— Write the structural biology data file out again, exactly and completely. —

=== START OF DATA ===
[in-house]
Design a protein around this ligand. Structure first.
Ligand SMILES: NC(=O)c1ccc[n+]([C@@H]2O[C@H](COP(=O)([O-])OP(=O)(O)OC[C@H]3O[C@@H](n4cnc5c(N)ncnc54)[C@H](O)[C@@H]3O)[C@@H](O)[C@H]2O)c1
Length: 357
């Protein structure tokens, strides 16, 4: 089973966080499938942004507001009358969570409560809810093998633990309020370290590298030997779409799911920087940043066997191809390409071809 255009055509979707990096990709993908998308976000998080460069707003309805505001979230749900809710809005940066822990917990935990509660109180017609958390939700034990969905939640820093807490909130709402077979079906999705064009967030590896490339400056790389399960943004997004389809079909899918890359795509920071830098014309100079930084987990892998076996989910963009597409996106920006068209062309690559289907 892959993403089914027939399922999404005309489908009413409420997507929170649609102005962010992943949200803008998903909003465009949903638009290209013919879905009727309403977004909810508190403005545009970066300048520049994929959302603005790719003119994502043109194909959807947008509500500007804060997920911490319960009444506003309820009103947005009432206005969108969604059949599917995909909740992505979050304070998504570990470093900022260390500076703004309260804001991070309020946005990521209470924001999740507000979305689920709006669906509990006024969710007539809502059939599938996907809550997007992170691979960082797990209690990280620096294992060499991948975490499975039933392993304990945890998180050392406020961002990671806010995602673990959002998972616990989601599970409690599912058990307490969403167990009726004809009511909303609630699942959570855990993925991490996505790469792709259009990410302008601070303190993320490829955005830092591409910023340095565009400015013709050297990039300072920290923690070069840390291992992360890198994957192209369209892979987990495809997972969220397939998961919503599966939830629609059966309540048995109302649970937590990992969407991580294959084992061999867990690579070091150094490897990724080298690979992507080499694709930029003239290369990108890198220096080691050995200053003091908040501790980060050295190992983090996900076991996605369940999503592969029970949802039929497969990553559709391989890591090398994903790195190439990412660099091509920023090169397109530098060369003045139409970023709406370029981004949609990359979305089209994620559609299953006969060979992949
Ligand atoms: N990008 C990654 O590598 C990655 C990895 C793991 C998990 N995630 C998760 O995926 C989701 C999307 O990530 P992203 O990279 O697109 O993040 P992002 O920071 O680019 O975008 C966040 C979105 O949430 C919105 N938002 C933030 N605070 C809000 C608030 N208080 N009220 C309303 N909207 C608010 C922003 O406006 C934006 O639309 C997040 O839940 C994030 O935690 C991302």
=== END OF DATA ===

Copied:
[in-house]
Design a protein around this ligand. Structure first.
Ligand SMILES: NC(=O)c1ccc[n+]([C@@H]2O[C@H](COP(=O)([O-])OP(=O)(O)OC[C@H]3O[C@@H](n4cnc5c(N)ncnc54)[C@H](O)[C@@H]3O)[C@@H](O)[C@H]2O)c1
Length: 357
């Protein structure tokens, strides 16, 4: 089973966080499938942004507001009358969570409560809810093998633990309020370290590298030997779409799911920087940043066997191809390409071809 255009055509979707990096990709993908998308976000998080460069707003309805505001979230749900809710809005940066822990917990935990509660109180017609958390939700034990969905939640820093807490909130709402077979079906999705064009967030590896490339400056790389399960943004997004389809079909899918890359795509920071830098014309100079930084987990892998076996989910963009597409996106920006068209062309690559289907 892959993403089914027939399922999404005309489908009413409420997507929170649609102005962010992943949200803008998903909003465009949903638009290209013919879905009727309403977004909810508190403005545009970066300048520049994929959302603005790719003119994502043109194909959807947008509500500007804060997920911490319960009444506003309820009103947005009432206005969108969604059949599917995909909740992505979050304070998504570990470093900022260390500076703004309260804001991070309020946005990521209470924001999740507000979305689920709006669906509990006024969710007539809502059939599938996907809550997007992170691979960082797990209690990280620096294992060499991948975490499975039933392993304990945890998180050392406020961002990671806010995602673990959002998972616990989601599970409690599912058990307490969403167990009726004809009511909303609630699942959570855990993925991490996505790469792709259009990410302008601070303190993320490829955005830092591409910023340095565009400015013709050297990039300072920290923690070069840390291992992360890198994957192209369209892979987990495809997972969220397939998961919503599966939830629609059966309540048995109302649970937590990992969407991580294959084992061999867990690579070091150094490897990724080298690979992507080499694709930029003239290369990108890198220096080691050995200053003091908040501790980060050295190992983090996900076991996605369940999503592969029970949802039929497969990553559709391989890591090398994903790195190439990412660099091509920023090169397109530098060369003045139409970023709406370029981004949609990359979305089209994620559609299953006969060979992949
Ligand atoms: N990008 C990654 O590598 C990655 C990895 C793991 C998990 N995630 C998760 O995926 C989701 C999307 O990530 P992203 O990279 O697109 O993040 P992002 O920071 O680019 O975008 C966040 C979105 O949430 C919105 N938002 C933030 N605070 C809000 C608030 N208080 N009220 C309303 N909207 C608010 C922003 O406006 C934006 O639309 C997040 O839940 C994030 O935690 C991302």